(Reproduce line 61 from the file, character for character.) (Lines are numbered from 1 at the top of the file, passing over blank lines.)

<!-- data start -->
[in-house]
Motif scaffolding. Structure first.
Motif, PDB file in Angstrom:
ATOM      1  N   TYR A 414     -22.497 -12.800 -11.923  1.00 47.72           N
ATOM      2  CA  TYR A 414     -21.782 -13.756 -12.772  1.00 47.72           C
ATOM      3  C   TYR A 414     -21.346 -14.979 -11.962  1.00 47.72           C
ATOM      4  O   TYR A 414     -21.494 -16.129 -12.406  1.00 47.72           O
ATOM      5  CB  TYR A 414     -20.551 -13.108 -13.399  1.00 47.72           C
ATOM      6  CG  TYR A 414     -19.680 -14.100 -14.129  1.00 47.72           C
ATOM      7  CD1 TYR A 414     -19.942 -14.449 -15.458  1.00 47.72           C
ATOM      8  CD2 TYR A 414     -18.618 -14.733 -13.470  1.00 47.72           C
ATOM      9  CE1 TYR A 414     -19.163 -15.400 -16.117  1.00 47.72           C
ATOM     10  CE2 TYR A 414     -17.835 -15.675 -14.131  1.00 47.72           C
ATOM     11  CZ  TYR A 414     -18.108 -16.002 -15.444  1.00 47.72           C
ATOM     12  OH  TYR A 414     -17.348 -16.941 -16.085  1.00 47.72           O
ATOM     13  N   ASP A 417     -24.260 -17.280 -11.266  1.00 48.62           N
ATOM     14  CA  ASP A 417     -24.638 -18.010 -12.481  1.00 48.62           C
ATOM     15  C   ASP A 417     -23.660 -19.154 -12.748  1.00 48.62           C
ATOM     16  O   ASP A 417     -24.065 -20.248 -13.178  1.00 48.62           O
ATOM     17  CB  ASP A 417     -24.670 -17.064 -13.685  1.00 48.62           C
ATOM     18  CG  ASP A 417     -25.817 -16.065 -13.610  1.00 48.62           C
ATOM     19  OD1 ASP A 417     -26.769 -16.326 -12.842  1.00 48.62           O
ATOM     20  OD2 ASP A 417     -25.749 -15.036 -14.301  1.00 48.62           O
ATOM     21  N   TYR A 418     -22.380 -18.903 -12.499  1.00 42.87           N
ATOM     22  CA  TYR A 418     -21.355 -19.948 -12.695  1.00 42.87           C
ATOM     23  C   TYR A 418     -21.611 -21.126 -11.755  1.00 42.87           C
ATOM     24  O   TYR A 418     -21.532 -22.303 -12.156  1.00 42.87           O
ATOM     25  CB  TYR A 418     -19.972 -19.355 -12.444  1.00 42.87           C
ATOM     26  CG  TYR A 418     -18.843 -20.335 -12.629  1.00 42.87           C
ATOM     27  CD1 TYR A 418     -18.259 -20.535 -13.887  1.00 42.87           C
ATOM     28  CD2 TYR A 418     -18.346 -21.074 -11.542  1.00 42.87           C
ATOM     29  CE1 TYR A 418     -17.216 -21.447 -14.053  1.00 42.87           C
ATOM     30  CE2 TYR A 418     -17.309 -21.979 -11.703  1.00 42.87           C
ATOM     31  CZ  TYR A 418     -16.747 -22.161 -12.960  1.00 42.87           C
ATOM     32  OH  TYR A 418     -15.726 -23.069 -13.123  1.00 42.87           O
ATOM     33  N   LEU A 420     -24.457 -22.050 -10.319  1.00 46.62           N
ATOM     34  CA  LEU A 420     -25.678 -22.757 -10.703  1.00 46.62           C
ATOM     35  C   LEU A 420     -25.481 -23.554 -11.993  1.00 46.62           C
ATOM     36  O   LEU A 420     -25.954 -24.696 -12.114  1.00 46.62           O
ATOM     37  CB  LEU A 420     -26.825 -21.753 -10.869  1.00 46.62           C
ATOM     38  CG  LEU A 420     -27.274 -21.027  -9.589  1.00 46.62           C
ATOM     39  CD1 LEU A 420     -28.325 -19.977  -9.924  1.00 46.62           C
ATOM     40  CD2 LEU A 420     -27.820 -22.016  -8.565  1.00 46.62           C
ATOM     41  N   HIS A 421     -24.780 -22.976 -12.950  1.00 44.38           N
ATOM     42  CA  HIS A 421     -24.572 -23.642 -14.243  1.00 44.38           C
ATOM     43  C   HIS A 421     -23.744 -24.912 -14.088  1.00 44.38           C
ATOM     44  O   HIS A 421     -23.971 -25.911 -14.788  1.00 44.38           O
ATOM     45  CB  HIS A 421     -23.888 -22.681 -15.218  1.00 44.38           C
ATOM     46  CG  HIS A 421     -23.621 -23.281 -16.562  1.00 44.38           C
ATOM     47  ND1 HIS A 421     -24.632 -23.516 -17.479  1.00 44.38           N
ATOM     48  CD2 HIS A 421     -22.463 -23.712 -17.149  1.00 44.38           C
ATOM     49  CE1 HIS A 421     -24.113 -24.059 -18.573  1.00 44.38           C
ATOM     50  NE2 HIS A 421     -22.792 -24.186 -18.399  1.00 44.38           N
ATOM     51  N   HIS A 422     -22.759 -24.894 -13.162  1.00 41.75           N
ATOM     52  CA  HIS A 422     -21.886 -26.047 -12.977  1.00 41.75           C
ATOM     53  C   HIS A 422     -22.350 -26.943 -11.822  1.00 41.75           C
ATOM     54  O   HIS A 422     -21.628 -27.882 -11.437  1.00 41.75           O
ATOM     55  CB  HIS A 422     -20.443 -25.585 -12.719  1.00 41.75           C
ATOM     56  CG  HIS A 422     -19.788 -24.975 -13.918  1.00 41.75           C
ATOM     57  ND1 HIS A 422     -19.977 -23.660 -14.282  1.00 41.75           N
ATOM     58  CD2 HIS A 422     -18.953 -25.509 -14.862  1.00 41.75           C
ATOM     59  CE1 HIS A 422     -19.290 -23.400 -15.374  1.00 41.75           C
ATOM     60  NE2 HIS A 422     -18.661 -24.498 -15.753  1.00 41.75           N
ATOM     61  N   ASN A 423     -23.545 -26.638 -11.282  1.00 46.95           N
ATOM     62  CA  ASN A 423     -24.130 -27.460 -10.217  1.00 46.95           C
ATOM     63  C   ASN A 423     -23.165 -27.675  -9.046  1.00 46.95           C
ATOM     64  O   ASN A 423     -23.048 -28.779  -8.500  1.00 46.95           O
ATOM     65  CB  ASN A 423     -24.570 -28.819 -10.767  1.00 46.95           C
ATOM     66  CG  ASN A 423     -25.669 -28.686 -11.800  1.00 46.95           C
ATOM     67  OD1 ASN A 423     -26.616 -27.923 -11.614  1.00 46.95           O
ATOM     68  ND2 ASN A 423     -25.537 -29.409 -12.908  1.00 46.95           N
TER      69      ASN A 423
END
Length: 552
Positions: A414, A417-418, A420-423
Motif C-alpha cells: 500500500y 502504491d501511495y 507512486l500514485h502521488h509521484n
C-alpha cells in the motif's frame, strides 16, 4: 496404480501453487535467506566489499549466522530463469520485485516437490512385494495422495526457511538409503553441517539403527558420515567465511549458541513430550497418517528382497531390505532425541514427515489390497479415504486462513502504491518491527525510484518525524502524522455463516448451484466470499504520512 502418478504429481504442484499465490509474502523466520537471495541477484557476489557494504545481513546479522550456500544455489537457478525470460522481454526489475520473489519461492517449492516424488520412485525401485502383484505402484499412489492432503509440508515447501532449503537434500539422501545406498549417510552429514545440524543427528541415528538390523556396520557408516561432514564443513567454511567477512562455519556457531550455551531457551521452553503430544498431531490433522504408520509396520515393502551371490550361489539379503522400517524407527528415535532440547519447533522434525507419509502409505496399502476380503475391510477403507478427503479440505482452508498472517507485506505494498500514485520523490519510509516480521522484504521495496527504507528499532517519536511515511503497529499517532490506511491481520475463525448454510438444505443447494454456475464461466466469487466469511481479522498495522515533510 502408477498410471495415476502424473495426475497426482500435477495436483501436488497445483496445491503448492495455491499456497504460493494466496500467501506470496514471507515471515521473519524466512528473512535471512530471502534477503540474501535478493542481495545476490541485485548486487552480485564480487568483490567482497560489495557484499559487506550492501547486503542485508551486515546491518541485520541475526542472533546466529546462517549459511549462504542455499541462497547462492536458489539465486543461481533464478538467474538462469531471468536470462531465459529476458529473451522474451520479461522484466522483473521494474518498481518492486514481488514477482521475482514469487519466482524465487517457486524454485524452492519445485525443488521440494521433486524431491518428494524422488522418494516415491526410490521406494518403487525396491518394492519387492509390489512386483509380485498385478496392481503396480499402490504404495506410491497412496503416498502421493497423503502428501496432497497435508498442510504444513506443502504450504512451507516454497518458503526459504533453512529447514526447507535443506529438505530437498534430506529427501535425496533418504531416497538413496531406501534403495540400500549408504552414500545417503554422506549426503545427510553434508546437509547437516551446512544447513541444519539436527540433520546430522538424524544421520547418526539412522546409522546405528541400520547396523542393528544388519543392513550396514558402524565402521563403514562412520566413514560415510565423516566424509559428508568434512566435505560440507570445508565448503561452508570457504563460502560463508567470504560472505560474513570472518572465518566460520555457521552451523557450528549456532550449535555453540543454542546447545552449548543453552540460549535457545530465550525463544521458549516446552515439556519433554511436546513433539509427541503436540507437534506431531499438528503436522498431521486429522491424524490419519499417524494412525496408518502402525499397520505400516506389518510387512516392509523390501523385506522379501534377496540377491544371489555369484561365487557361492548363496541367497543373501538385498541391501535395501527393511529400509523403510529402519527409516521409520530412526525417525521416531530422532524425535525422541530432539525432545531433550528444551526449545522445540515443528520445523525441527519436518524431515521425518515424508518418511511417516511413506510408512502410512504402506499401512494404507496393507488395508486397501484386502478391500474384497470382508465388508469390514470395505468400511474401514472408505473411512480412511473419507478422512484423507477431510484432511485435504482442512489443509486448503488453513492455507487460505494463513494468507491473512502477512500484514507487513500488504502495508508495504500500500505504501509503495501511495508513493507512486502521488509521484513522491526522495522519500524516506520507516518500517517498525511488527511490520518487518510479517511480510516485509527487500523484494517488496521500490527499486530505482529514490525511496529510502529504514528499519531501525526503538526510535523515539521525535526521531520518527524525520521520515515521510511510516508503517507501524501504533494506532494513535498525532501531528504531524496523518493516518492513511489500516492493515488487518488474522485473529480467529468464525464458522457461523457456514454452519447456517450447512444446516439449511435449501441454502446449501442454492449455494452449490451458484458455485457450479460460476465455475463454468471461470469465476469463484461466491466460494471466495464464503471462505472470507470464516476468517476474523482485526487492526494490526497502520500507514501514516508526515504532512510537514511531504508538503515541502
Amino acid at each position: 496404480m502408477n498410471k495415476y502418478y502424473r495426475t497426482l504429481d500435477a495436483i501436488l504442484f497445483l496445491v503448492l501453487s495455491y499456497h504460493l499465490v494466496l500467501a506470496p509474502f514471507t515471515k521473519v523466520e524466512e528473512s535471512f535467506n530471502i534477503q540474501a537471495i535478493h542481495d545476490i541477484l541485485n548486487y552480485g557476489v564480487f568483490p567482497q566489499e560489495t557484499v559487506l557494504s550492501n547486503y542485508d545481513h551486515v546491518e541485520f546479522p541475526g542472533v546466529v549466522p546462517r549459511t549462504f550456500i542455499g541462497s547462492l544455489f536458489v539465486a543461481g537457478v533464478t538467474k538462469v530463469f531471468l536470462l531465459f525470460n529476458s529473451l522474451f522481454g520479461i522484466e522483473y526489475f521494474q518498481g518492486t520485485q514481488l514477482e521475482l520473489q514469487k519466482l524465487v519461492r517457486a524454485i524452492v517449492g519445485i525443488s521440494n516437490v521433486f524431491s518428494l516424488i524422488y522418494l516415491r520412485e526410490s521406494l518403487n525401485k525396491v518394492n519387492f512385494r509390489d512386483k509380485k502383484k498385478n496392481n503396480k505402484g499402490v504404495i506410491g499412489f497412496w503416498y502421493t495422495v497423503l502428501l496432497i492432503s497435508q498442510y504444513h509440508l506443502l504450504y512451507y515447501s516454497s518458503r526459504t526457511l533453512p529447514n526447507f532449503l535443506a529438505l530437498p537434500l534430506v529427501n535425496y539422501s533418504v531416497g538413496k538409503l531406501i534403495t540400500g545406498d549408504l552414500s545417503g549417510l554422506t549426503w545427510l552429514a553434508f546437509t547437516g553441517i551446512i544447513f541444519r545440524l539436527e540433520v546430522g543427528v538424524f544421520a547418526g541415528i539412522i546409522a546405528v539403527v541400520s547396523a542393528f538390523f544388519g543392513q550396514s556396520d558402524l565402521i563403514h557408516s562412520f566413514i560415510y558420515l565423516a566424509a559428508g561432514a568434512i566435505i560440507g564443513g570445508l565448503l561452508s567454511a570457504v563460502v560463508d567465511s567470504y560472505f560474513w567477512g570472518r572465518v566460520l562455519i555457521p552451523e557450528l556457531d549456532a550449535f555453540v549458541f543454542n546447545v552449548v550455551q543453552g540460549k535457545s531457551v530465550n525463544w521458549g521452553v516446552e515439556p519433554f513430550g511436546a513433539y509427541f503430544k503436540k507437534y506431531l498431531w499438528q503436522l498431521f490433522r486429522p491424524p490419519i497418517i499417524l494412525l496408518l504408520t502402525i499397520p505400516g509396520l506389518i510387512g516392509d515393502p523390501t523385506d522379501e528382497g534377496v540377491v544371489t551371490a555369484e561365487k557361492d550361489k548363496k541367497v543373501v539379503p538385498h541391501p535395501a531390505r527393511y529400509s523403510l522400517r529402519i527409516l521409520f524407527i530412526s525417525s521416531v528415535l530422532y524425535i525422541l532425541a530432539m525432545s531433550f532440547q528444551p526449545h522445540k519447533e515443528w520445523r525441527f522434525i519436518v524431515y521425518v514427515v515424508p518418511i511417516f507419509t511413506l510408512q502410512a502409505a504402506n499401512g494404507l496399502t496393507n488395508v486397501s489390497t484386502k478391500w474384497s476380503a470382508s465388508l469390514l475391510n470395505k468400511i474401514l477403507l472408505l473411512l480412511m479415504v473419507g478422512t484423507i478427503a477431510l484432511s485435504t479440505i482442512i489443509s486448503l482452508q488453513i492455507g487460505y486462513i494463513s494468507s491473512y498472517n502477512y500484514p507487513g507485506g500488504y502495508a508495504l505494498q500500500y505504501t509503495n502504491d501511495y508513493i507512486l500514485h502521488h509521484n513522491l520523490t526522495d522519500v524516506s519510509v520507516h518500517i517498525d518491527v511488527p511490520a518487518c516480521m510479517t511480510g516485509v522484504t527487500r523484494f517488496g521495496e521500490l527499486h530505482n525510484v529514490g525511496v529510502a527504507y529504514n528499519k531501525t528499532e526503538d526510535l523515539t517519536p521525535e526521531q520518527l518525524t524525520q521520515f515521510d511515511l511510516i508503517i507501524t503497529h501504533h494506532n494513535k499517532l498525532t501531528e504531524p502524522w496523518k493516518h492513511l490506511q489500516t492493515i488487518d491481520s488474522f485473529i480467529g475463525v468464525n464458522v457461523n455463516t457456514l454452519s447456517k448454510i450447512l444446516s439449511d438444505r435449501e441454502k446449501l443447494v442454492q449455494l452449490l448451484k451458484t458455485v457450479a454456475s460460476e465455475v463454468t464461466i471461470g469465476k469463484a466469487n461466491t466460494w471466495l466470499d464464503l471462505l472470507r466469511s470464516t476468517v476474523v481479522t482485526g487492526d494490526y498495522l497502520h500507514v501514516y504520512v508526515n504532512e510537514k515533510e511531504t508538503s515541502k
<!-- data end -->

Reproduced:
ATOM     58  CD2 HIS A 422     -18.953 -25.509 -14.862  1.00 41.75           C